OPM in 2016 processed a higher percentage of applications for retirement within its target of 60 days than it did in 2015 but still fell well short of its goal of completing 90 percent of them within that time, the agency has reported to Congress.
The 77 percent finished in that amount of time was better than the 70 percent of 2015 but below the 79 percent of 2014. Of those meeting that timeframe, the average processing time was 45 days. Of those taking more than 60 days, the average was 100 days.
The figures include only the time an application spends at OPM; agencies typically take several weeks or more after an employee retires to provide OPM with the information it needs to start its process.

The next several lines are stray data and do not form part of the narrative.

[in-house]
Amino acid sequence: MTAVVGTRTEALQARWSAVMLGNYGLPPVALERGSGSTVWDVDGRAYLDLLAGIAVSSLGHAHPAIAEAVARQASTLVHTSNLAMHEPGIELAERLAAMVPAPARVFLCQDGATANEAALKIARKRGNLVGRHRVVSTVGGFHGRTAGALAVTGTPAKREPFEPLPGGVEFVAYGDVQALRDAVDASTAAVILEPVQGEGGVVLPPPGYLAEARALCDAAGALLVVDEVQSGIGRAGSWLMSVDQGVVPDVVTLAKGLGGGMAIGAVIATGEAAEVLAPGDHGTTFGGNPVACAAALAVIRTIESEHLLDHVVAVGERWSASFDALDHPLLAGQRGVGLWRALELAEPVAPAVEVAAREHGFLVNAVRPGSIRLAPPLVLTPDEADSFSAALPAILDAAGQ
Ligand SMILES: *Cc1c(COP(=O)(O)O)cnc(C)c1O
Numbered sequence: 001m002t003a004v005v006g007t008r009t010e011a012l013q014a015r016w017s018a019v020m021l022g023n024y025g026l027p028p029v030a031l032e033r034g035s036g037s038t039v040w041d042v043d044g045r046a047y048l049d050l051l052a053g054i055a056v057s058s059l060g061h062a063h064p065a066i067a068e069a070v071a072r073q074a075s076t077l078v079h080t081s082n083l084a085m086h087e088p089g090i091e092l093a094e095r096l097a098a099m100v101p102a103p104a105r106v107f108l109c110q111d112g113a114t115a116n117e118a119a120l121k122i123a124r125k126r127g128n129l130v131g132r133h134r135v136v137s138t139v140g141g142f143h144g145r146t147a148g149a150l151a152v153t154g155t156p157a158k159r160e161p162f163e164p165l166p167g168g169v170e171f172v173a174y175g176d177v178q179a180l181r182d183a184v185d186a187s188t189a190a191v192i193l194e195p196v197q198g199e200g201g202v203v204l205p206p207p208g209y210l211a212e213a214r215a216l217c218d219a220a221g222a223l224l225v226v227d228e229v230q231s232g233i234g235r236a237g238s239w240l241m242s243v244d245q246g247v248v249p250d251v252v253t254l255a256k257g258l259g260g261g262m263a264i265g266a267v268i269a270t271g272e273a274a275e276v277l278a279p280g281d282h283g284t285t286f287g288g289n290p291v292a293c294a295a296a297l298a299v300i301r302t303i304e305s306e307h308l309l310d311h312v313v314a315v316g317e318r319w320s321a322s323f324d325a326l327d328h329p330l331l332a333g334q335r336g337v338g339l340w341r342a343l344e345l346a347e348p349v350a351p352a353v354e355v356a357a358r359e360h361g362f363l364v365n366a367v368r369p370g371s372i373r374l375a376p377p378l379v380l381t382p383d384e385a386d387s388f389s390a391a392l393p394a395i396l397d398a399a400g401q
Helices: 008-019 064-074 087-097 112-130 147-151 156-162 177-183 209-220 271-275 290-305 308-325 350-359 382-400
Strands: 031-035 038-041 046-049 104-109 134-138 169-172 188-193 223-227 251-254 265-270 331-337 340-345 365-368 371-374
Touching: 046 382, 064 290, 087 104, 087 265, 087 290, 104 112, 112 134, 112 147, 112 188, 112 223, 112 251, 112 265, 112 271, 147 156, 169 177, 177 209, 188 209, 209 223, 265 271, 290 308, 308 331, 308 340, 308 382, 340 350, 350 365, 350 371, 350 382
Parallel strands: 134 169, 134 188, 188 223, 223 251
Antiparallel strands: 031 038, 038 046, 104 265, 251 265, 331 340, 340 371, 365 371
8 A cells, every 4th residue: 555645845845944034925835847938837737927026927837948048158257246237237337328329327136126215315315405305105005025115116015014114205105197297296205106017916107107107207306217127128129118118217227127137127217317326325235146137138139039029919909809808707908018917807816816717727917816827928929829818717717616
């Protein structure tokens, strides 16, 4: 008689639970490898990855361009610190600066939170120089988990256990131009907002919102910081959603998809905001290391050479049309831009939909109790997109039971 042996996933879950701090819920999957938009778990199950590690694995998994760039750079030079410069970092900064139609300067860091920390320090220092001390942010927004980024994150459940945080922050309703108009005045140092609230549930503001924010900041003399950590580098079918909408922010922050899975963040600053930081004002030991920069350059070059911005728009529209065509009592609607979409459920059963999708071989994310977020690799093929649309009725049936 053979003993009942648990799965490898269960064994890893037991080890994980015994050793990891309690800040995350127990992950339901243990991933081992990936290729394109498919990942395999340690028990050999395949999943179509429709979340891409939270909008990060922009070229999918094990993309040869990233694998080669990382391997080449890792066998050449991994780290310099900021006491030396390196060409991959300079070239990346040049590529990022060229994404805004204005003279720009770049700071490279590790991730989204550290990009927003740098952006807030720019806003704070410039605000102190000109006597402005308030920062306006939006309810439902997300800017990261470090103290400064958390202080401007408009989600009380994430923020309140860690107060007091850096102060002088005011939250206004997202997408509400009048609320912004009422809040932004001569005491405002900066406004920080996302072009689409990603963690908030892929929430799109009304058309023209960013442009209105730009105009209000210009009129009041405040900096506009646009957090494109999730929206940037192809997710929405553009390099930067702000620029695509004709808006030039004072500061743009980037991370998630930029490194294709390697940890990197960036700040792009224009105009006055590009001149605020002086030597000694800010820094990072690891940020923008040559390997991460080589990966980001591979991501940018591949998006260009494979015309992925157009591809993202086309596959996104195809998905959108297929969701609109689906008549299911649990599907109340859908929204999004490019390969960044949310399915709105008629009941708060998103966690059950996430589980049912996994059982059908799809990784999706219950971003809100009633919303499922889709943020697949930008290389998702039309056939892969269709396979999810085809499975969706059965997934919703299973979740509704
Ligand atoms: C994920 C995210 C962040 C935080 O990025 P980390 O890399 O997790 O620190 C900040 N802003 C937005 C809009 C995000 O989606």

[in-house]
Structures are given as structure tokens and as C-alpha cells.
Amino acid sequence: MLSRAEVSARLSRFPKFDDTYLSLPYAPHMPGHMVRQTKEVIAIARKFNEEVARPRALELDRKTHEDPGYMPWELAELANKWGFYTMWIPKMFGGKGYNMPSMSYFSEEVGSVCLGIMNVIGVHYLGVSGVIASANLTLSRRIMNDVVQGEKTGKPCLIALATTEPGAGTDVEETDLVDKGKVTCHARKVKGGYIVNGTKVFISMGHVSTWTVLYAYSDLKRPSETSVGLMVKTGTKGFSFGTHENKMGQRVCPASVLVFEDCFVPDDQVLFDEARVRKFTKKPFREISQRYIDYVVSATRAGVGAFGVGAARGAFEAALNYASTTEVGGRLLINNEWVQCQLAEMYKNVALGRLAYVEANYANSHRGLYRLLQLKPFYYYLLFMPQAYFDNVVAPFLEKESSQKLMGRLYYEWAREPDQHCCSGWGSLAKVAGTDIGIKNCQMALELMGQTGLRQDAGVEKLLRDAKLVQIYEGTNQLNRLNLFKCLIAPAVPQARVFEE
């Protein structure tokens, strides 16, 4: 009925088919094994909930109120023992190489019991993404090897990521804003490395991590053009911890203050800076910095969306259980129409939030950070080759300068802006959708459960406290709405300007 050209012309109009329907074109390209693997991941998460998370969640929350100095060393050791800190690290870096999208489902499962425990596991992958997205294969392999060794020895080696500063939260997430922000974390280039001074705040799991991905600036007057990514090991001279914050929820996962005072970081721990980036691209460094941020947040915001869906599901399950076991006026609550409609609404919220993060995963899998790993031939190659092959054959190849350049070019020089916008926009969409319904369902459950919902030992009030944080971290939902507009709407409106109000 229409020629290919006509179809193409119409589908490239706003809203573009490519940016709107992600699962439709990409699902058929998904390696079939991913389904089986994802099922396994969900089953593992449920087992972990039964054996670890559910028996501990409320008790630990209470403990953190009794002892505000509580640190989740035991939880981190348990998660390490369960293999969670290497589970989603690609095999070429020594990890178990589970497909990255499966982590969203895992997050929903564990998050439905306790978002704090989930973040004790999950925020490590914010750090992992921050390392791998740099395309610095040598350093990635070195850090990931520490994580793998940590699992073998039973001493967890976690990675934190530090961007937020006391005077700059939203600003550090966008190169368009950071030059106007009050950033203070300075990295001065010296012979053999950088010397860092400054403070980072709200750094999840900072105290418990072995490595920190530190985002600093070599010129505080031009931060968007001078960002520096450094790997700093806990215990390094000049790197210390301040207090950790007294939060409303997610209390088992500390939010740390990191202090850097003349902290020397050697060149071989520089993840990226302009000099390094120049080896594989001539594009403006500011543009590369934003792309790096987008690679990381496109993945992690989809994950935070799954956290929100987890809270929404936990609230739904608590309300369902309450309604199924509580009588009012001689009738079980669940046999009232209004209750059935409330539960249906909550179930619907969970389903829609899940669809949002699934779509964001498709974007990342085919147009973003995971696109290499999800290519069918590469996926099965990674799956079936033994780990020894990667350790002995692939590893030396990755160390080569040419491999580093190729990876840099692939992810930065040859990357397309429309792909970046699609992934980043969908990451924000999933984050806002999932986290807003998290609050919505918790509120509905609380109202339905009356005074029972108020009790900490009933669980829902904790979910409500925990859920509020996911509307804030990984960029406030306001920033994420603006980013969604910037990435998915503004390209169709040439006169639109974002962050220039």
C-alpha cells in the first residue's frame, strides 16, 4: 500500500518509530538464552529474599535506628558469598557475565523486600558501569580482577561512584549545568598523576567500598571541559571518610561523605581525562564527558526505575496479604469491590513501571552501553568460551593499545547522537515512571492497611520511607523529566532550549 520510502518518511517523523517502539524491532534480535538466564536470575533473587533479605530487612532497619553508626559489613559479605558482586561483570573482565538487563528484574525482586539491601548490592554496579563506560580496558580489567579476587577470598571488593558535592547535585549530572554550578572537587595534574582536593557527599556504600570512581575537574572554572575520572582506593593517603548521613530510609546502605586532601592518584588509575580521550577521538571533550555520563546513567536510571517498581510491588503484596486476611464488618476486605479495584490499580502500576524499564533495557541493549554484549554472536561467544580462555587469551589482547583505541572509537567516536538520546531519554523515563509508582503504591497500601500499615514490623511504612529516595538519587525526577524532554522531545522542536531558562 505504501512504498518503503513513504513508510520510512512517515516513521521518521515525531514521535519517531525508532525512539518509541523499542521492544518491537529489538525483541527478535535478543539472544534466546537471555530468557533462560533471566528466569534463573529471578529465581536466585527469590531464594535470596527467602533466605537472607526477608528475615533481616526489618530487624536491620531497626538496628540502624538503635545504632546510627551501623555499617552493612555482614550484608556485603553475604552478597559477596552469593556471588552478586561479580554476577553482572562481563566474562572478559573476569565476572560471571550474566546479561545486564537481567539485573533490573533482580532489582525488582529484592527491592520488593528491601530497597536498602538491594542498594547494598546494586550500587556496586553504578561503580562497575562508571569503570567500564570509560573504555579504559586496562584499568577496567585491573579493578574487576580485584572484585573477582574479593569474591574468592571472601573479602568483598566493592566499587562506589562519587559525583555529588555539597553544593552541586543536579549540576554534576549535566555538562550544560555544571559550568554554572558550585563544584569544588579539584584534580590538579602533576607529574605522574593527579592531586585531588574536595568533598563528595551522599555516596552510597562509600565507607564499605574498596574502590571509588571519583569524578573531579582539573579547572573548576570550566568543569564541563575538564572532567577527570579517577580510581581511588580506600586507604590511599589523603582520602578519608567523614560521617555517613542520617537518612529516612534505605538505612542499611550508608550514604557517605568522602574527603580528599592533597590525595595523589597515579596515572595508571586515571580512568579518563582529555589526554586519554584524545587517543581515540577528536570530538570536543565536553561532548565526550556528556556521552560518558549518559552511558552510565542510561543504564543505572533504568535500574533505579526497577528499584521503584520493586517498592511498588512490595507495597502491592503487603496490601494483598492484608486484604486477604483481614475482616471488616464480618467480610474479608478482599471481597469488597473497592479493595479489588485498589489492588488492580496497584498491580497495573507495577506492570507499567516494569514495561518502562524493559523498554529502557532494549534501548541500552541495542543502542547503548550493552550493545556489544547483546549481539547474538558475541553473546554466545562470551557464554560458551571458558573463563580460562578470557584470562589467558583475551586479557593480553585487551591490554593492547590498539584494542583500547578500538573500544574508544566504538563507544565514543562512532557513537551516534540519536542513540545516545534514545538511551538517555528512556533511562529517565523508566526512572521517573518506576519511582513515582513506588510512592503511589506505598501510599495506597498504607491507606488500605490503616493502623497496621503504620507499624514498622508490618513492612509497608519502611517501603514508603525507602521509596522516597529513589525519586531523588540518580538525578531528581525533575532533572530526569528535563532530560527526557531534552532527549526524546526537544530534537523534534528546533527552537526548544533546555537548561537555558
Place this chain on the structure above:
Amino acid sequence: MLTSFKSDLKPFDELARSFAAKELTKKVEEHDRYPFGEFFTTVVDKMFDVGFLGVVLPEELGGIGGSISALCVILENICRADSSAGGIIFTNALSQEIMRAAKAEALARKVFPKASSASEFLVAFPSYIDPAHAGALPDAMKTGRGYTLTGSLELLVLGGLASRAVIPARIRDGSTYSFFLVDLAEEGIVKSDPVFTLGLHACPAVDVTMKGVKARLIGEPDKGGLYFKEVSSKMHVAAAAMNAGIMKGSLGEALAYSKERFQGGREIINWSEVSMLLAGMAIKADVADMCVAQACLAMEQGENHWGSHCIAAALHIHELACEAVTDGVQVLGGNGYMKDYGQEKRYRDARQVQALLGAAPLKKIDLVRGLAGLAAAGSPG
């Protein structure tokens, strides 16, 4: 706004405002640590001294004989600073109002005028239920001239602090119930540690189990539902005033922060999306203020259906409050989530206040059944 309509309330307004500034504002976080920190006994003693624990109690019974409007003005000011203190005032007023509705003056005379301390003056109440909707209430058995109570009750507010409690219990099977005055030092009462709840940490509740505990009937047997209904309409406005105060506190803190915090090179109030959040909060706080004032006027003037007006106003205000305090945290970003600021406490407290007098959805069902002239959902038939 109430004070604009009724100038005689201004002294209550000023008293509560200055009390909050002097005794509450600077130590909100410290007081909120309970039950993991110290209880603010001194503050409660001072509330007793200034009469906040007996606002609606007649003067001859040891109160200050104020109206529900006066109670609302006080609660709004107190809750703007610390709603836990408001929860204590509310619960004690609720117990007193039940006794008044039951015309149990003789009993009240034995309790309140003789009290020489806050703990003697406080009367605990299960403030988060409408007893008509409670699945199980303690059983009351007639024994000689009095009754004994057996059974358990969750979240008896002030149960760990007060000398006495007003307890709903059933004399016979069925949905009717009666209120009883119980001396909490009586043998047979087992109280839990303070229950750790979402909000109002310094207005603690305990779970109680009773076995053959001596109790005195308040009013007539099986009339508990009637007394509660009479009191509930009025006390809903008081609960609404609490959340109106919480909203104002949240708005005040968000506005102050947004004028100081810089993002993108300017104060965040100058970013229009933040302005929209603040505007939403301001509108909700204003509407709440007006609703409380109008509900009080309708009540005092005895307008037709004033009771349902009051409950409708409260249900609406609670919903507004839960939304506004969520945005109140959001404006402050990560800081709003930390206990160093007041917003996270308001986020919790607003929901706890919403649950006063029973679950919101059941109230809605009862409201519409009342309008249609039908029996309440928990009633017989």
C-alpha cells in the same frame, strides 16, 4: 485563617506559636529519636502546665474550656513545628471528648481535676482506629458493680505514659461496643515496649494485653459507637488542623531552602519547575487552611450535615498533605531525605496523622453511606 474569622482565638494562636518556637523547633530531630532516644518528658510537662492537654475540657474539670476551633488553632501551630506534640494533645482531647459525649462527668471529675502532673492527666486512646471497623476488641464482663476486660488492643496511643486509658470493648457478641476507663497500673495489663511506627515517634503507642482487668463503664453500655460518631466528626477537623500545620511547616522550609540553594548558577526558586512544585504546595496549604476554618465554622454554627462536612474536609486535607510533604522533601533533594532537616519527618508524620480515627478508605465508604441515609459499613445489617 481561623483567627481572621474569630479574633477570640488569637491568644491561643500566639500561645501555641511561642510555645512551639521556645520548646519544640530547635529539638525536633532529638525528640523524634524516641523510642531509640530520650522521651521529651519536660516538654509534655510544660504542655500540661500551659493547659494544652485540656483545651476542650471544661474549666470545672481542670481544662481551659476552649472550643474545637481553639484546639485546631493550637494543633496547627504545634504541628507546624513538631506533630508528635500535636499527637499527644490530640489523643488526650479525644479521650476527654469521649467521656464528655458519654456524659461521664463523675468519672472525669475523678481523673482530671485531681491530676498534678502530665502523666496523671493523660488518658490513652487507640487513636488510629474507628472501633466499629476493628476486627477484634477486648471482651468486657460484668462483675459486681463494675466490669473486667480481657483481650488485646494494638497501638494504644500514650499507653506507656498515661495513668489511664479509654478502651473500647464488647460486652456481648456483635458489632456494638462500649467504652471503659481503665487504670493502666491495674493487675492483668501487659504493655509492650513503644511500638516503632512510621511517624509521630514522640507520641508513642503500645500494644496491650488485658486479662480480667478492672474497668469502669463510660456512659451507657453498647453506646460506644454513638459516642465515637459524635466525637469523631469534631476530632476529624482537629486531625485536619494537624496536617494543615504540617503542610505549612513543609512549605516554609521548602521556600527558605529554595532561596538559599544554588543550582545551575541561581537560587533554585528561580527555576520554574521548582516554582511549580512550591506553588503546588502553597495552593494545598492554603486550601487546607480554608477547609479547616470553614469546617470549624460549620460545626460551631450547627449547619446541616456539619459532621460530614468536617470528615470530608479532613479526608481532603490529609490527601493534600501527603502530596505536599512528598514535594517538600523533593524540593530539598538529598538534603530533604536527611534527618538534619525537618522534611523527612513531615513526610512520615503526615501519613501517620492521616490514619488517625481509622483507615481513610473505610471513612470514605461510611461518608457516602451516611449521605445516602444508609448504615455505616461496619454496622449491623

OPM has struggled for many years to speed up the processing of applications, at one point launching a major technology-based project that later had to be abandoned due to its unreliability.
While retirement applications are pending, new retirees receive interim payments that commonly average about 80 percent of the final amount, although in some cases those payments are much lower. When the final benefit is calculated, retirees receive a payment for the difference.